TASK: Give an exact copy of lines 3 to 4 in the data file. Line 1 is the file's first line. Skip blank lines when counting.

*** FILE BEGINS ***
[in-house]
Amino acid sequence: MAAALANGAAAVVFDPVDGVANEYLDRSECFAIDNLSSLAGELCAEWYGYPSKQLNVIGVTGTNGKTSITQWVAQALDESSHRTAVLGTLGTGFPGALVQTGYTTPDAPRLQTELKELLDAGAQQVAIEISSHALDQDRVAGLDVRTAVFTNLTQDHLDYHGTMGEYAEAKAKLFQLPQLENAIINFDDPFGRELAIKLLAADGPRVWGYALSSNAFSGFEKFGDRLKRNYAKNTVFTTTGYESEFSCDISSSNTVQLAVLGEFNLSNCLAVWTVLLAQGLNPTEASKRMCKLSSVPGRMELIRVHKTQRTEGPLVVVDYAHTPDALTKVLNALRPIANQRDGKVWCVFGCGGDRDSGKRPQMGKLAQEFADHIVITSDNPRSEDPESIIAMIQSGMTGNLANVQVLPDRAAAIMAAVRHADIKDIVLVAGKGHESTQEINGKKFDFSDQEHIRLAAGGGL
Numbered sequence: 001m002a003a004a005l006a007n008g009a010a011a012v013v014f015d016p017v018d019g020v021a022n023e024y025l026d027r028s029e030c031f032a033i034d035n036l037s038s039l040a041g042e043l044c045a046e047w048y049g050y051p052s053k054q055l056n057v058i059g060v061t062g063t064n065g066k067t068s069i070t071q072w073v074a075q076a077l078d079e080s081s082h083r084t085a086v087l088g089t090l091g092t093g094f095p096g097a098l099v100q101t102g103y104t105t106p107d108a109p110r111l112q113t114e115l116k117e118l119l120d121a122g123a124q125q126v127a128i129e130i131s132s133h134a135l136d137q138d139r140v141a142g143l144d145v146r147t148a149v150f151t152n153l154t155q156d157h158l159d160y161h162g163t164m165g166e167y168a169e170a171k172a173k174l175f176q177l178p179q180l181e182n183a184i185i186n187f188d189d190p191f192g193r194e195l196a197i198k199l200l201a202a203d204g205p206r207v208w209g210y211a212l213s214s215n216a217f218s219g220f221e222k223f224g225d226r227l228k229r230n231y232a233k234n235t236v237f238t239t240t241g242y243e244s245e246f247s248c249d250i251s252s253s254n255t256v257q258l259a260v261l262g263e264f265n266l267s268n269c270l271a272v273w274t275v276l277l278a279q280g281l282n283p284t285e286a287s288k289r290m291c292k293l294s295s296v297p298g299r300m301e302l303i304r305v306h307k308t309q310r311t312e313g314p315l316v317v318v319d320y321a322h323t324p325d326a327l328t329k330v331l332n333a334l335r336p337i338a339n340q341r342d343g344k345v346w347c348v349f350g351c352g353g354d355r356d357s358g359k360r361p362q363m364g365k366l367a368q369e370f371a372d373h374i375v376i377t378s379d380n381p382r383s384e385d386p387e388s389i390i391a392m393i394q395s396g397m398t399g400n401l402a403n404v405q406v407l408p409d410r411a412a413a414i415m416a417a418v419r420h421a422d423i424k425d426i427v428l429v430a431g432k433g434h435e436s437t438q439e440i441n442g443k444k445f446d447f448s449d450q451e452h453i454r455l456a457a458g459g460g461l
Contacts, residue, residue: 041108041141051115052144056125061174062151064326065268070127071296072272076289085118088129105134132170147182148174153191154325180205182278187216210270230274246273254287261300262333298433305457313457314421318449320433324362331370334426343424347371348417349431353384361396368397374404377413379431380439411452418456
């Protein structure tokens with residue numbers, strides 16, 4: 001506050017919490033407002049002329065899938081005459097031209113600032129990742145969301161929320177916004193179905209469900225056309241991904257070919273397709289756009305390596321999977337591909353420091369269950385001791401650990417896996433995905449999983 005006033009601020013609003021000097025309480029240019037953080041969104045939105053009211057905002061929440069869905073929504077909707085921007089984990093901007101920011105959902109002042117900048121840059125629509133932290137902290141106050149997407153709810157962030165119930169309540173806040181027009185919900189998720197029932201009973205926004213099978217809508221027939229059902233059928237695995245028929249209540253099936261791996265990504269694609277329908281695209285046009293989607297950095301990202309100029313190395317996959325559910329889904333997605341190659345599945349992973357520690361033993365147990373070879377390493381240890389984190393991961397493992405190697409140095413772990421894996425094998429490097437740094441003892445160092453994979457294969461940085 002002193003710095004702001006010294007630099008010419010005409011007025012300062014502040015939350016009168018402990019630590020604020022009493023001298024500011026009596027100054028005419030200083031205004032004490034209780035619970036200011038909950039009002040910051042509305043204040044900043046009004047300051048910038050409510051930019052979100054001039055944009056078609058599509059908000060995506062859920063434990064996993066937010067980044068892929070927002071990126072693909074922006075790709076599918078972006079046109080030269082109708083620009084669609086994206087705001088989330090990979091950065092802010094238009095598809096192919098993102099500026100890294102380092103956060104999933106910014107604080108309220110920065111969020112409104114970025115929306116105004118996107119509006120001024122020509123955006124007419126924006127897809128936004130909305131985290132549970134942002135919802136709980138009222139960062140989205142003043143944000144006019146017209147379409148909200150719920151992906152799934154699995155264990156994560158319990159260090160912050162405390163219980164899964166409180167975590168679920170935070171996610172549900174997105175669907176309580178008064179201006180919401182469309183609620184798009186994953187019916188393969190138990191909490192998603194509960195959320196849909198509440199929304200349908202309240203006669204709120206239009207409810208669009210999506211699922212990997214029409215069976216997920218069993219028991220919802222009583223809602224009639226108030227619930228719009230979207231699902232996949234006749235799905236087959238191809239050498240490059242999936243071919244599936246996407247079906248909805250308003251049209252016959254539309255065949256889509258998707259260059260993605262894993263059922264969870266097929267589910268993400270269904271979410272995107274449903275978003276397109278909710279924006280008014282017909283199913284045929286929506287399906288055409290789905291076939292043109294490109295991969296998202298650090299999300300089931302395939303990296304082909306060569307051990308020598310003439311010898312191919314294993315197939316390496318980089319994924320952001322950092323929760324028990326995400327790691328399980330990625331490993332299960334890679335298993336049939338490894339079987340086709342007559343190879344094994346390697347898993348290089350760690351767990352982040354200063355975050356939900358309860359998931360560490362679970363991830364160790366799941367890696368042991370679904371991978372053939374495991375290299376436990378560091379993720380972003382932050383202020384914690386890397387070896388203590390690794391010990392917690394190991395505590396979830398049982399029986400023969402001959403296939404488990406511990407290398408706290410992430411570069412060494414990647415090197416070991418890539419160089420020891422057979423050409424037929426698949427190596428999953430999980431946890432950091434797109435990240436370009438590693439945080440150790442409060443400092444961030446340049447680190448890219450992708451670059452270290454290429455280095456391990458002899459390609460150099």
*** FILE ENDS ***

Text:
Numbered sequence: 001m002a003a004a005l006a007n008g009a010a011a012v013v014f015d016p017v018d019g020v021a022n023e024y025l026d027r028s029e030c031f032a033i034d035n036l037s038s039l040a041g042e043l044c045a046e047w048y049g050y051p052s053k054q055l056n057v058i059g060v061t062g063t064n065g066k067t068s069i070t071q072w073v074a075q076a077l078d079e080s081s082h083r084t085a086v087l088g089t090l091g092t093g094f095p096g097a098l099v100q101t102g103y104t105t106p107d108a109p110r111l112q113t114e115l116k117e118l119l120d121a122g123a124q125q126v127a128i129e130i131s132s133h134a135l136d137q138d139r140v141a142g143l144d145v146r147t148a149v150f151t152n153l154t155q156d157h158l159d160y161h162g163t164m165g166e167y168a169e170a171k172a173k174l175f176q177l178p179q180l181e182n183a184i185i186n187f188d189d190p191f192g193r194e195l196a197i198k199l200l201a202a203d204g205p206r207v208w209g210y211a212l213s214s215n216a217f218s219g220f221e222k223f224g225d226r227l228k229r230n231y232a233k234n235t236v237f238t239t240t241g242y243e244s245e246f247s248c249d250i251s252s253s254n255t256v257q258l259a260v261l262g263e264f265n266l267s268n269c270l271a272v273w274t275v276l277l278a279q280g281l282n283p284t285e286a287s288k289r290m291c292k293l294s295s296v297p298g299r300m301e302l303i304r305v306h307k308t309q310r311t312e313g314p315l316v317v318v319d320y321a322h323t324p325d326a327l328t329k330v331l332n333a334l335r336p337i338a339n340q341r342d343g344k345v346w347c348v349f350g351c352g353g354d355r356d357s358g359k360r361p362q363m364g365k366l367a368q369e370f371a372d373h374i375v376i377t378s379d380n381p382r383s384e385d386p387e388s389i390i391a392m393i394q395s396g397m398t399g400n401l402a403n404v405q406v407l408p409d410r411a412a413a414i415m416a417a418v419r420h421a422d423i424k425d426i427v428l429v430a431g432k433g434h435e436s437t438q439e440i441n442g443k444k445f446d447f448s449d450q451e452h453i454r455l456a457a458g459g460g461l
Contacts, residue, residue: 041108041141051115052144056125061174062151064326065268070127071296072272076289085118088129105134132170147182148174153191154325180205182278187216210270230274246273254287261300262333298433305457313457314421318449320433324362331370334426343424347371348417349431353384361396368397374404377413379431380439411452418456